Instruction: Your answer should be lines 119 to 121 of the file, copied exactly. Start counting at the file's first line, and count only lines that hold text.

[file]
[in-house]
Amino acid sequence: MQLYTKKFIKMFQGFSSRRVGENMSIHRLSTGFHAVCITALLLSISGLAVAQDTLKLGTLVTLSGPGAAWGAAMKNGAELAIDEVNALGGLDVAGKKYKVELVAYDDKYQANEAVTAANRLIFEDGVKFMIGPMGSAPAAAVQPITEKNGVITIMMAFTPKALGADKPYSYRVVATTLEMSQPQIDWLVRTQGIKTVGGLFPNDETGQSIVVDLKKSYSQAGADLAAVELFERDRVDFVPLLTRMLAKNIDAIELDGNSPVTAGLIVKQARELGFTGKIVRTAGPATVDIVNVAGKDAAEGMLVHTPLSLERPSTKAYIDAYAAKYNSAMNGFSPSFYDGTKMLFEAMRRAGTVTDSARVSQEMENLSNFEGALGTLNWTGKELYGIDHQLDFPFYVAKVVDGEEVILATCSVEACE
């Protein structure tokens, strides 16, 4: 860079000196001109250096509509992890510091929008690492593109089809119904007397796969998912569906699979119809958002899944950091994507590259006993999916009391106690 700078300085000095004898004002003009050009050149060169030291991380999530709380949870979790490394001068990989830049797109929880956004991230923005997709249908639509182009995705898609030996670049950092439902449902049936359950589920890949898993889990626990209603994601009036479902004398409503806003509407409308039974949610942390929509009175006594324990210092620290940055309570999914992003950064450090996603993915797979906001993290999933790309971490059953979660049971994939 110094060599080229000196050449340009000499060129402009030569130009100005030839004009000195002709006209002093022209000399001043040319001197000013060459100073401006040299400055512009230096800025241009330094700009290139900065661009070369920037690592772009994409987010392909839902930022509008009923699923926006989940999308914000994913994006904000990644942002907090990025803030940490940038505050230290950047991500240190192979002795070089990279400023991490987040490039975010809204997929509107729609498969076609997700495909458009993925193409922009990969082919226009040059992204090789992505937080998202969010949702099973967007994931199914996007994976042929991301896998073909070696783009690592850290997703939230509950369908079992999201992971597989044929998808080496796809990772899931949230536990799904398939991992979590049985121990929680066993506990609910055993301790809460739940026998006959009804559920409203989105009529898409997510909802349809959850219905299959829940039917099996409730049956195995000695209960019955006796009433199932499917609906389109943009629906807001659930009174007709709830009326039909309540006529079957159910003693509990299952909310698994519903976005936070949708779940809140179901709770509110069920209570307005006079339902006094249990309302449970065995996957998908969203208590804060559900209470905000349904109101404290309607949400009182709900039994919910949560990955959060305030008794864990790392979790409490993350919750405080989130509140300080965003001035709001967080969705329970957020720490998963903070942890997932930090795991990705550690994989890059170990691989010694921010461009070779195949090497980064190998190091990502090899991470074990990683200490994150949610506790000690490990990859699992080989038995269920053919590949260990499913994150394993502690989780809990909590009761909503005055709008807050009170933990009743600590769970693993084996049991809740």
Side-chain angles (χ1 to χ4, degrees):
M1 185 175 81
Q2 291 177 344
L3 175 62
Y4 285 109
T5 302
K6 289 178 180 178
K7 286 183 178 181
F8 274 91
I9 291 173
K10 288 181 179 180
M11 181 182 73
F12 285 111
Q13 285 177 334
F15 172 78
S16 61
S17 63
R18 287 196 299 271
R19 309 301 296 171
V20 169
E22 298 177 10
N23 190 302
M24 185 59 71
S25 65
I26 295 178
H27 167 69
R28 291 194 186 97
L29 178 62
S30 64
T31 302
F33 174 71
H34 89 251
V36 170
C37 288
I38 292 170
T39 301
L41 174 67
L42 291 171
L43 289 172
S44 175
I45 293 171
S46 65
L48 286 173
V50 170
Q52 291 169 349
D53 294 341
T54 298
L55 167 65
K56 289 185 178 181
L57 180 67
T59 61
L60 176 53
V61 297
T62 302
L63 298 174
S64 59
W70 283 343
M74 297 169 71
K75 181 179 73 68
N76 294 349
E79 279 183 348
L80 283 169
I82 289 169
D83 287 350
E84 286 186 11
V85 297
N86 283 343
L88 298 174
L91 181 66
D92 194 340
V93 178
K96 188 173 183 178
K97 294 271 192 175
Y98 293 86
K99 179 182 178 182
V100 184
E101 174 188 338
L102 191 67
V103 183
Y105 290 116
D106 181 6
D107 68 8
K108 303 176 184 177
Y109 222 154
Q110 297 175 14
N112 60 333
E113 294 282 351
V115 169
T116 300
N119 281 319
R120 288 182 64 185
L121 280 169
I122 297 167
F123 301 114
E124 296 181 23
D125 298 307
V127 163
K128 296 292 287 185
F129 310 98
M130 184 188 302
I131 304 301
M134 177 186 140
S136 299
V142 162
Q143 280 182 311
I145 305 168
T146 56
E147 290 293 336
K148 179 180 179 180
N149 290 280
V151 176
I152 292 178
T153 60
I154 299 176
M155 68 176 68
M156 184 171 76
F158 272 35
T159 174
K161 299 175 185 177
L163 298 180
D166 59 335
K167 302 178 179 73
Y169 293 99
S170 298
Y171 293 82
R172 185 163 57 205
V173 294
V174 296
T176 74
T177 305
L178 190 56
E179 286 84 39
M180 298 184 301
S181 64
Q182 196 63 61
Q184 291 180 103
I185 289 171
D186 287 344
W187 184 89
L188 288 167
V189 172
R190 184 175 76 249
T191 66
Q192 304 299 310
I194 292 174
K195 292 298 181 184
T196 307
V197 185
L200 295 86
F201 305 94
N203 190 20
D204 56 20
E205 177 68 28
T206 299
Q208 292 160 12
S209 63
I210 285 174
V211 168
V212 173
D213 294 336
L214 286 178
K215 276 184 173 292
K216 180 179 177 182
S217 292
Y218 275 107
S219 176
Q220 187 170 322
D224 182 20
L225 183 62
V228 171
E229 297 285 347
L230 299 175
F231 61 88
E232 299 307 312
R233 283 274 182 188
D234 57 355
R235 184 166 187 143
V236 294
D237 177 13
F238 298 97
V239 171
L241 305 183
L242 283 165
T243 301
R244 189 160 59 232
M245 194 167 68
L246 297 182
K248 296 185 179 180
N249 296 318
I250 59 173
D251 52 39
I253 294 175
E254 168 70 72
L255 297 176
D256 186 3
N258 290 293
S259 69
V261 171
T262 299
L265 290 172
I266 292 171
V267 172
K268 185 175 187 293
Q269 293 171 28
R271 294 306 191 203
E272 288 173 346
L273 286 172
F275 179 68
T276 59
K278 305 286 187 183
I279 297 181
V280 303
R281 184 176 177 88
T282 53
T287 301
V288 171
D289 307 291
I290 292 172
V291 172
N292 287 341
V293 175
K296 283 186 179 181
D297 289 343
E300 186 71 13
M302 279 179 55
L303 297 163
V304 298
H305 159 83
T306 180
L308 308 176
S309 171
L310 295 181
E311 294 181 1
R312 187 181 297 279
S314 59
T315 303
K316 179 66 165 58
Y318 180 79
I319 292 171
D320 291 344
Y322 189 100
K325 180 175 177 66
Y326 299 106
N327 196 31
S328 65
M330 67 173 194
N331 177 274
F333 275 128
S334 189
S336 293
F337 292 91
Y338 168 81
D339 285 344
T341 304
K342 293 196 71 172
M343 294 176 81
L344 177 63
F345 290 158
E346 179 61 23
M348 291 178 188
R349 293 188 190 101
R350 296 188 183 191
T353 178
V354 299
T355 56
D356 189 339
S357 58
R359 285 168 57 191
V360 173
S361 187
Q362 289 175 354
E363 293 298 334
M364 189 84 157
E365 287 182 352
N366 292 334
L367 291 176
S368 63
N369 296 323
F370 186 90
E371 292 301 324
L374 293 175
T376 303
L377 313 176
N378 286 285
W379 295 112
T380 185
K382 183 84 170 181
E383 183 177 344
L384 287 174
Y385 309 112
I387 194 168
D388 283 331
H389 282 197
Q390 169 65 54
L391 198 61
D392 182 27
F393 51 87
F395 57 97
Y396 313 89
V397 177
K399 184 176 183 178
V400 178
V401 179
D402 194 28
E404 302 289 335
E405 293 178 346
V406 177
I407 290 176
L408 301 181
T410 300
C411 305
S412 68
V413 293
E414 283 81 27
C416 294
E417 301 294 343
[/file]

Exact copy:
M156 184 171 76
F158 272 35
T159 174